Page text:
Fortunes turn for struggling Ingersoll legion as GoFundMe donates money lost
INGERSOLL, ONT. -- It’s a major turnaround for the Royal Canadian Legion in Ingersoll, Ont., which has been hit hard by COVID-19.
The crowd-funding platform GoFundMe has donated close to $6,000 to Hillcrest Legion Branch 119, after a misunderstanding last month saw the company return all of the legion’s online donations to donors.
“My heart just almost came out of my chest, it was awesome,” said Vice President Mike Kelly. “It was something that we never imagined would come true.”
This past spring the legion launched a GoFundMe campaign to help pay the bills while the branch was closed due to the pandemic.
The campaign raised close to $6,000, but when the legion couldn’t come up with a non-profit number to prove its non-profit status, GoFundMe returned all the money to donors.
It was a major blow to the legion, which had found itself in dire financial straits during the COVID-19 shutdown.
Branch President Rob Mabee was also worried about what harm it might cause to their reputation in the community.
“When it first all started with them sending the money back I thought, ‘Gee, we aren’t going to be in very good standing with a lot of people.’”
Kelly has said that the U.S.-based company didn’t realize Canadian legions don’t require a non-profit number because in Canada they are already recognized as non-profit and self-sustaining.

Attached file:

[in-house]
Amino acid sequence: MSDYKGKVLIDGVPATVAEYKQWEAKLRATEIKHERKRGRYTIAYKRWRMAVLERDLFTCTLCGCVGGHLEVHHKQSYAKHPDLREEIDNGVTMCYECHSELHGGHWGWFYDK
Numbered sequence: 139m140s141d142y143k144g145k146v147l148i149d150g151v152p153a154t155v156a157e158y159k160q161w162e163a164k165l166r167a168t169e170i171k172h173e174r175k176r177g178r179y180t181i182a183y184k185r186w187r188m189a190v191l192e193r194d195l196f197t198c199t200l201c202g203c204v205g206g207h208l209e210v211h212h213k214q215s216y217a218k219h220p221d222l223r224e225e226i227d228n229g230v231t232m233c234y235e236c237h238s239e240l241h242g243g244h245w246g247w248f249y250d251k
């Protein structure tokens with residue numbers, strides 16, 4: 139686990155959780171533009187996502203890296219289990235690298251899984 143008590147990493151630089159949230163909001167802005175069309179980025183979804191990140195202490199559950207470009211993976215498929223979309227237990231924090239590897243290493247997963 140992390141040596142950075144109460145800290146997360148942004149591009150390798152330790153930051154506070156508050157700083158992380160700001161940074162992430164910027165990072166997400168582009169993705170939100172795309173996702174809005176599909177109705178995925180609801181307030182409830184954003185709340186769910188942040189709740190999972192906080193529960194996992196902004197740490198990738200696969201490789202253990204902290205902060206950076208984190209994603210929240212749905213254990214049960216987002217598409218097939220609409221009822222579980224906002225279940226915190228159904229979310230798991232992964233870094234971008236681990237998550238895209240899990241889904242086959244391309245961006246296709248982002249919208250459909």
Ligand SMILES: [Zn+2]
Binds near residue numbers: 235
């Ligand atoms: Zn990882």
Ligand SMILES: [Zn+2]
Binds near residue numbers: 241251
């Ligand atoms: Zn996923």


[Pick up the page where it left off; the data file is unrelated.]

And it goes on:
That’s when the Ontario Command of the Royal Canadian Legion intervened, contacting top brass at GoFundMe, and explaining the distinction.
Apologies were made, and GoFundMe donated $6,000 of its own money to the Ingersoll branch.
“They’ve come through for us. It was a nice surprise,” said Mabee.
He adds that the money will go towards keeping the lights on at the branch, and giving veterans a place they can call their own.
“It will go towards helping veterans have a place to come and sit down and relax, talk to their friends, and the upkeep of the building.”
The Ingersoll legion is not alone with its financial troubles. The pandemic has hit legions hard, said Ontario District B Commander Diane Conlon. Many though have found creative ways to raise money, she added.
“It’s been rough. There’s no two ways about it, but they’re a resilient group and to raise funds they’ve done everything they can. They’ve had bottle drives, there’s the GoFundMe. A lot of them started doing take-out dinners.”
The Ingersoll legion plans to reopen Sept. 1, following a five- and-a-half month shutdown.
As for GoFundMe, Kelly said the company has informed legion officials that it’s changing some of its policies in Canada to better reflect the rules around Canadian non-profits.